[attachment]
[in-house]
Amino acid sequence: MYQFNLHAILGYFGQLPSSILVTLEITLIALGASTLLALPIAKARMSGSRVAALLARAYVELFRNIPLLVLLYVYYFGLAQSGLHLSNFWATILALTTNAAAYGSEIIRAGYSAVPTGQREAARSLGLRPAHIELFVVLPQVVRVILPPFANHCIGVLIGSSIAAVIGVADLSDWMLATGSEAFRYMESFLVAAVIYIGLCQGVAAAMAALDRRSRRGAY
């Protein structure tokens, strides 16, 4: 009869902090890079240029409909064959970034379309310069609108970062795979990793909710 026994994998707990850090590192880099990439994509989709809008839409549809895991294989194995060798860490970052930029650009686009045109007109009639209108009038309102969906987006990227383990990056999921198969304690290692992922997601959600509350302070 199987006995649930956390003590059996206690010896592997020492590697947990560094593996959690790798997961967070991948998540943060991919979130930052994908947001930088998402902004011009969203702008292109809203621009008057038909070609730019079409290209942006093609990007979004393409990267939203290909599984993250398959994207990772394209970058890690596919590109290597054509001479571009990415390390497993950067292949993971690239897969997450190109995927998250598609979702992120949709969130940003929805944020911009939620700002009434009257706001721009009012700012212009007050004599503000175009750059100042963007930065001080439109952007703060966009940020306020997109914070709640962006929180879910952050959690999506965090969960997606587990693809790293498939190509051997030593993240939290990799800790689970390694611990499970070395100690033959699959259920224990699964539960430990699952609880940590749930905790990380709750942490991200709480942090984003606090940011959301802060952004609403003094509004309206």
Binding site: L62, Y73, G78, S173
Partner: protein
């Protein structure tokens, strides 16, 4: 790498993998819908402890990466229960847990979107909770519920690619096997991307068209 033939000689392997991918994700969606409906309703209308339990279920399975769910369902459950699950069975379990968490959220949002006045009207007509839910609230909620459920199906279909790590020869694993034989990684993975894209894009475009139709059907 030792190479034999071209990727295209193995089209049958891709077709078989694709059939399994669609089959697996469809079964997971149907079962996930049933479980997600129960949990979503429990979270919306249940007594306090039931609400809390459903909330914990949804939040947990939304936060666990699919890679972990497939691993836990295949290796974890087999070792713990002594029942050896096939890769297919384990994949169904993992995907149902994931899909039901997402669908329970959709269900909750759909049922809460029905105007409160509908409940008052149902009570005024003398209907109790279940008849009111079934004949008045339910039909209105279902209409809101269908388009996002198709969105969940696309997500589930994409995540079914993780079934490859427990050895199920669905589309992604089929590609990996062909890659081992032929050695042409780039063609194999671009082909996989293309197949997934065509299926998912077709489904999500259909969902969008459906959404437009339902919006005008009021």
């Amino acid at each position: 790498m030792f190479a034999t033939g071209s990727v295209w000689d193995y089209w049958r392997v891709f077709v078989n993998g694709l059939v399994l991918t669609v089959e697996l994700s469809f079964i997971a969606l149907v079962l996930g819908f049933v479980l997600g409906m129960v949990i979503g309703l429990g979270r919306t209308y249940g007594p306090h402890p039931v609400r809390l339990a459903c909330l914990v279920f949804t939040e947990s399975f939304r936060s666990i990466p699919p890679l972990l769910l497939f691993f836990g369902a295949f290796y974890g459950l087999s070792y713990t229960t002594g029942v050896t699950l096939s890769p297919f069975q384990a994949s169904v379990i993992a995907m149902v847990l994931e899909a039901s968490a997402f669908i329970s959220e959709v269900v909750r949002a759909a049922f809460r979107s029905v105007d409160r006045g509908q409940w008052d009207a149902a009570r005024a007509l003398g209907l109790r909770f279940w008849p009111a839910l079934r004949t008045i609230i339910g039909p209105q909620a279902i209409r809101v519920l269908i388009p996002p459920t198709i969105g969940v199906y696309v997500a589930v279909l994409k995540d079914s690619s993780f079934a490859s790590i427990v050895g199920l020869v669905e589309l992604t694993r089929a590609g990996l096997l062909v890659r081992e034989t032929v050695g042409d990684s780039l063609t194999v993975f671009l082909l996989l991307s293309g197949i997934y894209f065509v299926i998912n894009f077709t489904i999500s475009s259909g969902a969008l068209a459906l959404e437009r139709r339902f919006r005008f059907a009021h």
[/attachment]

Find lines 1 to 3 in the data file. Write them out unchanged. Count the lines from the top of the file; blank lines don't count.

[in-house]
Amino acid sequence: MYQFNLHAILGYFGQLPSSILVTLEITLIALGASTLLALPIAKARMSGSRVAALLARAYVELFRNIPLLVLLYVYYFGLAQSGLHLSNFWATILALTTNAAAYGSEIIRAGYSAVPTGQREAARSLGLRPAHIELFVVLPQVVRVILPPFANHCIGVLIGSSIAAVIGVADLSDWMLATGSEAFRYMESFLVAAVIYIGLCQGVAAAMAALDRRSRRGAY
């Protein structure tokens, strides 16, 4: 009869902090890079240029409909064959970034379309310069609108970062795979990793909710 026994994998707990850090590192880099990439994509989709809008839409549809895991294989194995060798860490970052930029650009686009045109007109009639209108009038309102969906987006990227383990990056999921198969304690290692992922997601959600509350302070 199987006995649930956390003590059996206690010896592997020492590697947990560094593996959690790798997961967070991948998540943060991919979130930052994908947001930088998402902004011009969203702008292109809203621009008057038909070609730019079409290209942006093609990007979004393409990267939203290909599984993250398959994207990772394209970058890690596919590109290597054509001479571009990415390390497993950067292949993971690239897969997450190109995927998250598609979702992120949709969130940003929805944020911009939620700002009434009257706001721009009012700012212009007050004599503000175009750059100042963007930065001080439109952007703060966009940020306020997109914070709640962006929180879910952050959690999506965090969960997606587990693809790293498939190509051997030593993240939290990799800790689970390694611990499970070395100690033959699959259920224990699964539960430990699952609880940590749930905790990380709750942490991200709480942090984003606090940011959301802060952004609403003094509004309206």